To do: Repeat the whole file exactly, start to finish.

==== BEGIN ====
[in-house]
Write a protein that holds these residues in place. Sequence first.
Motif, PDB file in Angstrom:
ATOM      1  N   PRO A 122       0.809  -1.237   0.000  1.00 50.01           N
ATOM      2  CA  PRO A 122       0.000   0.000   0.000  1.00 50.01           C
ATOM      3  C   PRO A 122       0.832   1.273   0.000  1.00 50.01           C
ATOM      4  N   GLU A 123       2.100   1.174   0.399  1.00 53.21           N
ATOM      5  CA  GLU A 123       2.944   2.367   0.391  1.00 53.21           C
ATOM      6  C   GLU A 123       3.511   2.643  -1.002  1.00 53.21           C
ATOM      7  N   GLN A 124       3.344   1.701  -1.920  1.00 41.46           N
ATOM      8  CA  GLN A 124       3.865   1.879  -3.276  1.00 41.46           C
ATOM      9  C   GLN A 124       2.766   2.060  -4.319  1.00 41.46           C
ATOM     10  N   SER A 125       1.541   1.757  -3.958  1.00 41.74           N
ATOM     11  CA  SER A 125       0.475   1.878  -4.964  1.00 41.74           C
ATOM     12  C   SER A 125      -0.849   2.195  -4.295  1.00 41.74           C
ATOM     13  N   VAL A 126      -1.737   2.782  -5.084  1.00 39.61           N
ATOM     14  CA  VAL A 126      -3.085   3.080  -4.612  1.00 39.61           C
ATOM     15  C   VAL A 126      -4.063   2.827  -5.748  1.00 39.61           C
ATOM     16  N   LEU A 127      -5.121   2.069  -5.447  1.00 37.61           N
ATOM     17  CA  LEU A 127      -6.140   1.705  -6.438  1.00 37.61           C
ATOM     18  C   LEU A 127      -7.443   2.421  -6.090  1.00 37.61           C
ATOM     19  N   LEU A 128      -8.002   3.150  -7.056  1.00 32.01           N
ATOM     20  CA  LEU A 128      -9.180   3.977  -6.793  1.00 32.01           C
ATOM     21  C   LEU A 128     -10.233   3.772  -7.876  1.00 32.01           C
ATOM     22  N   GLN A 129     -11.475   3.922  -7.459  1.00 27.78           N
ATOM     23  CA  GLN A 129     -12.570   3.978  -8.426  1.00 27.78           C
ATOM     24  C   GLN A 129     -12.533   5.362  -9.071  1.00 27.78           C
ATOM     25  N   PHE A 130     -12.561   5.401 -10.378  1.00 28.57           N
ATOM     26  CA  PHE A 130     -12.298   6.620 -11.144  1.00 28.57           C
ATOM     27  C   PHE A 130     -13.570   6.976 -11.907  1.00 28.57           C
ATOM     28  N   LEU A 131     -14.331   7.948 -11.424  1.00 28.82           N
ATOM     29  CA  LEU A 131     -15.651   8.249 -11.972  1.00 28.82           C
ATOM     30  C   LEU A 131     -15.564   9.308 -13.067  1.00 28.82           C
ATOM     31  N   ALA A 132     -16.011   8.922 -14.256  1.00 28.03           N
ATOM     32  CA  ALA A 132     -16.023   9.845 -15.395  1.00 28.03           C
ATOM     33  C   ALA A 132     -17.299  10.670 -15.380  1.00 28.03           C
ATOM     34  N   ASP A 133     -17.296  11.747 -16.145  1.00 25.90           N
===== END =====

[in-house]
Write a protein that holds these residues in place. Sequence first.
Motif, PDB file in Angstrom:
ATOM      1  N   PRO A 122       0.809  -1.237   0.000  1.00 50.01           N
ATOM      2  CA  PRO A 122       0.000   0.000   0.000  1.00 50.01           C
ATOM      3  C   PRO A 122       0.832   1.273   0.000  1.00 50.01           C
ATOM      4  N   GLU A 123       2.100   1.174   0.399  1.00 53.21           N
ATOM      5  CA  GLU A 123       2.944   2.367   0.391  1.00 53.21           C
ATOM      6  C   GLU A 123       3.511   2.643  -1.002  1.00 53.21           C
ATOM      7  N   GLN A 124       3.344   1.701  -1.920  1.00 41.46           N
ATOM      8  CA  GLN A 124       3.865   1.879  -3.276  1.00 41.46           C
ATOM      9  C   GLN A 124       2.766   2.060  -4.319  1.00 41.46           C
ATOM     10  N   SER A 125       1.541   1.757  -3.958  1.00 41.74           N
ATOM     11  CA  SER A 125       0.475   1.878  -4.964  1.00 41.74           C
ATOM     12  C   SER A 125      -0.849   2.195  -4.295  1.00 41.74           C
ATOM     13  N   VAL A 126      -1.737   2.782  -5.084  1.00 39.61           N
ATOM     14  CA  VAL A 126      -3.085   3.080  -4.612  1.00 39.61           C
ATOM     15  C   VAL A 126      -4.063   2.827  -5.748  1.00 39.61           C
ATOM     16  N   LEU A 127      -5.121   2.069  -5.447  1.00 37.61           N
ATOM     17  CA  LEU A 127      -6.140   1.705  -6.438  1.00 37.61           C
ATOM     18  C   LEU A 127      -7.443   2.421  -6.090  1.00 37.61           C
ATOM     19  N   LEU A 128      -8.002   3.150  -7.056  1.00 32.01           N
ATOM     20  CA  LEU A 128      -9.180   3.977  -6.793  1.00 32.01           C
ATOM     21  C   LEU A 128     -10.233   3.772  -7.876  1.00 32.01           C
ATOM     22  N   GLN A 129     -11.475   3.922  -7.459  1.00 27.78           N
ATOM     23  CA  GLN A 129     -12.570   3.978  -8.426  1.00 27.78           C
ATOM     24  C   GLN A 129     -12.533   5.362  -9.071  1.00 27.78           C
ATOM     25  N   PHE A 130     -12.561   5.401 -10.378  1.00 28.57           N
ATOM     26  CA  PHE A 130     -12.298   6.620 -11.144  1.00 28.57           C
ATOM     27  C   PHE A 130     -13.570   6.976 -11.907  1.00 28.57           C
ATOM     28  N   LEU A 131     -14.331   7.948 -11.424  1.00 28.82           N
ATOM     29  CA  LEU A 131     -15.651   8.249 -11.972  1.00 28.82           C
ATOM     30  C   LEU A 131     -15.564   9.308 -13.067  1.00 28.82           C
ATOM     31  N   ALA A 132     -16.011   8.922 -14.256  1.00 28.03           N
ATOM     32  CA  ALA A 132     -16.023   9.845 -15.395  1.00 28.03           C
ATOM     33  C   ALA A 132     -17.299  10.670 -15.380  1.00 28.03           C
ATOM     34  N   ASP A 133     -17.296  11.747 -16.145  1.00 25.90           N